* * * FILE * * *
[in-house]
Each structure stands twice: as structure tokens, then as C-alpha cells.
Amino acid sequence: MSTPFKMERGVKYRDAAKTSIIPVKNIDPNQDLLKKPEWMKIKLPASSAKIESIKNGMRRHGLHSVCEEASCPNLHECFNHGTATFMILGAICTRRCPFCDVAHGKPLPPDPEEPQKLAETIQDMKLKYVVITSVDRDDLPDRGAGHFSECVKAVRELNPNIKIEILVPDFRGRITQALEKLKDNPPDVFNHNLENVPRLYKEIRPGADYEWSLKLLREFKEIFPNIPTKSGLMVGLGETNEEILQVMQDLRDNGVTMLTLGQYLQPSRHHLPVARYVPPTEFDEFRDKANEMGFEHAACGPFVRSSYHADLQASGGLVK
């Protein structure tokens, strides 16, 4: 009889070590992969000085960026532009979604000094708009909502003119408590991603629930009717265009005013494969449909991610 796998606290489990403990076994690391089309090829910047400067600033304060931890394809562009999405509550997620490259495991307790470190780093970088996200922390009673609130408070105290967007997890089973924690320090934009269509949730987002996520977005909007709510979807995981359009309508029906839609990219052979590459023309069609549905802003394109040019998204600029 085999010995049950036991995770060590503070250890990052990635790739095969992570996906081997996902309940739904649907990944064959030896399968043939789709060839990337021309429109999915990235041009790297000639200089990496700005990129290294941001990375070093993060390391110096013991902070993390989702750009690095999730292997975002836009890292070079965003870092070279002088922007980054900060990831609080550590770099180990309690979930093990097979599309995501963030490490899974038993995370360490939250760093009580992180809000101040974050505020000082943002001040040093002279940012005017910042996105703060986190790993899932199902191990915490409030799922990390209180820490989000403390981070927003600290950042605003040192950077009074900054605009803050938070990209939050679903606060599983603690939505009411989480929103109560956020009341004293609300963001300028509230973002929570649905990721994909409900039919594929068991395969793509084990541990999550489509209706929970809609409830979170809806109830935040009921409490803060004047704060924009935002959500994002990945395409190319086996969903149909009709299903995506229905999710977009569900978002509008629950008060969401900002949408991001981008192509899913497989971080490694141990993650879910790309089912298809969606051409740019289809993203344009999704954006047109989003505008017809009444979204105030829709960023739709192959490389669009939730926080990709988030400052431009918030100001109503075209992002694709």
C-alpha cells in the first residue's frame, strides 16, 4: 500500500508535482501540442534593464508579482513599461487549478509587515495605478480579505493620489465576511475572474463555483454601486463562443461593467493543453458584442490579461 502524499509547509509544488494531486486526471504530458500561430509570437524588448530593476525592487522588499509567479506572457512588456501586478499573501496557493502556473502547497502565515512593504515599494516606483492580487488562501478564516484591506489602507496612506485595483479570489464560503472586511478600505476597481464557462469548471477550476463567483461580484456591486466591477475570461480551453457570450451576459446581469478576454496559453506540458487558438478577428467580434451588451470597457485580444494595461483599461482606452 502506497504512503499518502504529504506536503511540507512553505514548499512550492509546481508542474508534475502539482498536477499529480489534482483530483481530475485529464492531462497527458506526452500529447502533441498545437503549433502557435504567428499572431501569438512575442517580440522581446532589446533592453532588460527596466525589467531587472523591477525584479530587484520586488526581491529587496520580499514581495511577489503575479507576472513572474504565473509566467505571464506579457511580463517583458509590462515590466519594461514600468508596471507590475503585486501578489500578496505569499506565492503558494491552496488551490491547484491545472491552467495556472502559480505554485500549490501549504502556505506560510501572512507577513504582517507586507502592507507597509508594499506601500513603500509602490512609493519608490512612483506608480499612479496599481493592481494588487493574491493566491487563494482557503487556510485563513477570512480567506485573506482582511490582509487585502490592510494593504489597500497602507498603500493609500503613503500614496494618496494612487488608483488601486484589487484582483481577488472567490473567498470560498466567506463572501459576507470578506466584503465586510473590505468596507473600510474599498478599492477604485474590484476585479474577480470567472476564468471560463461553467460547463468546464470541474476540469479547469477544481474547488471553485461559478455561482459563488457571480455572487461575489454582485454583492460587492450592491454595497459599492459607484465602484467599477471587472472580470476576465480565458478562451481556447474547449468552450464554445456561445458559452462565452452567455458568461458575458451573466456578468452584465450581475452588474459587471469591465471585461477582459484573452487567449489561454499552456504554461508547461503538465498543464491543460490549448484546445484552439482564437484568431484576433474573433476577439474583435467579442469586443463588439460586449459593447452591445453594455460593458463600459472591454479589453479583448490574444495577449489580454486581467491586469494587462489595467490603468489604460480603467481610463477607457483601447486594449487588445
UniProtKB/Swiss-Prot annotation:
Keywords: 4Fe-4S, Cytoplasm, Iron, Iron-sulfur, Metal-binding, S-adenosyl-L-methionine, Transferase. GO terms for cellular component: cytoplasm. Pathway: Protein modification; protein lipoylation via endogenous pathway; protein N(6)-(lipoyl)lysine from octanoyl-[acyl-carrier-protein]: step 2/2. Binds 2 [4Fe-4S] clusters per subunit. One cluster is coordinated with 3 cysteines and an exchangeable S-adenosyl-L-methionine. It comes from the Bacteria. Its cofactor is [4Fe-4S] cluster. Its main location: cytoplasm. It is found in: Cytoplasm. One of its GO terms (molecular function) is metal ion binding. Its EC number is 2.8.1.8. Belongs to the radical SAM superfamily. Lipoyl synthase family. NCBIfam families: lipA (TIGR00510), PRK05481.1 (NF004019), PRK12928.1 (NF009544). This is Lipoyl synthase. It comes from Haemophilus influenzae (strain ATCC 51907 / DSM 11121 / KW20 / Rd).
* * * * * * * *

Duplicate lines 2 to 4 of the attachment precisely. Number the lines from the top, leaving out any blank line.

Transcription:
Each structure stands twice: as structure tokens, then as C-alpha cells.
Amino acid sequence: MSTPFKMERGVKYRDAAKTSIIPVKNIDPNQDLLKKPEWMKIKLPASSAKIESIKNGMRRHGLHSVCEEASCPNLHECFNHGTATFMILGAICTRRCPFCDVAHGKPLPPDPEEPQKLAETIQDMKLKYVVITSVDRDDLPDRGAGHFSECVKAVRELNPNIKIEILVPDFRGRITQALEKLKDNPPDVFNHNLENVPRLYKEIRPGADYEWSLKLLREFKEIFPNIPTKSGLMVGLGETNEEILQVMQDLRDNGVTMLTLGQYLQPSRHHLPVARYVPPTEFDEFRDKANEMGFEHAACGPFVRSSYHADLQASGGLVK
């Protein structure tokens, strides 16, 4: 009889070590992969000085960026532009979604000094708009909502003119408590991603629930009717265009005013494969449909991610 796998606290489990403990076994690391089309090829910047400067600033304060931890394809562009999405509550997620490259495991307790470190780093970088996200922390009673609130408070105290967007997890089973924690320090934009269509949730987002996520977005909007709510979807995981359009309508029906839609990219052979590459023309069609549905802003394109040019998204600029 085999010995049950036991995770060590503070250890990052990635790739095969992570996906081997996902309940739904649907990944064959030896399968043939789709060839990337021309429109999915990235041009790297000639200089990496700005990129290294941001990375070093993060390391110096013991902070993390989702750009690095999730292997975002836009890292070079965003870092070279002088922007980054900060990831609080550590770099180990309690979930093990097979599309995501963030490490899974038993995370360490939250760093009580992180809000101040974050505020000082943002001040040093002279940012005017910042996105703060986190790993899932199902191990915490409030799922990390209180820490989000403390981070927003600290950042605003040192950077009074900054605009803050938070990209939050679903606060599983603690939505009411989480929103109560956020009341004293609300963001300028509230973002929570649905990721994909409900039919594929068991395969793509084990541990999550489509209706929970809609409830979170809806109830935040009921409490803060004047704060924009935002959500994002990945395409190319086996969903149909009709299903995506229905999710977009569900978002509008629950008060969401900002949408991001981008192509899913497989971080490694141990993650879910790309089912298809969606051409740019289809993203344009999704954006047109989003505008017809009444979204105030829709960023739709192959490389669009939730926080990709988030400052431009918030100001109503075209992002694709």